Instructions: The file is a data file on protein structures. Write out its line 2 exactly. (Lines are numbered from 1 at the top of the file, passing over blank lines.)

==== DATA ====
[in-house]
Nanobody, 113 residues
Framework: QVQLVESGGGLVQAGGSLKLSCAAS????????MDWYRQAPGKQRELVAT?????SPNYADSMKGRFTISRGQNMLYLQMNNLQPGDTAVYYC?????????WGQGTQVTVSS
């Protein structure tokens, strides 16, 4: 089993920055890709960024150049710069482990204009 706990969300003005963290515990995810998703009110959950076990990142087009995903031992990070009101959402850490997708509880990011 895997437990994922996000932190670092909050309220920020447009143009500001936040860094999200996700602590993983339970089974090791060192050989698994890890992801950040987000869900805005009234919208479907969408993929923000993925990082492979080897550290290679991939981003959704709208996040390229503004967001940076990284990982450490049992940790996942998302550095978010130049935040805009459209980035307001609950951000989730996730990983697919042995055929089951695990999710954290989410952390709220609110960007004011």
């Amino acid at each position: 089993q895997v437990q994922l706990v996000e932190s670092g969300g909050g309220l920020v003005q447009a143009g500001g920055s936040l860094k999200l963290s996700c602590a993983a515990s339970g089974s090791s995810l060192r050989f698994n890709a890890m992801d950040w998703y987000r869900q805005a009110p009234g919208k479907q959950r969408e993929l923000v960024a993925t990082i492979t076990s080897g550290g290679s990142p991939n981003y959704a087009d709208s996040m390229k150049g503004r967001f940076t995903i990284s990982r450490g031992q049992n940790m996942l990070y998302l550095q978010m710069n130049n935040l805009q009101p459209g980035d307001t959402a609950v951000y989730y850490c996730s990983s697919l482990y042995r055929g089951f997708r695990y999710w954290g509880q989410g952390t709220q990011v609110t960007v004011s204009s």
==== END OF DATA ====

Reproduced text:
Nanobody, 113 residues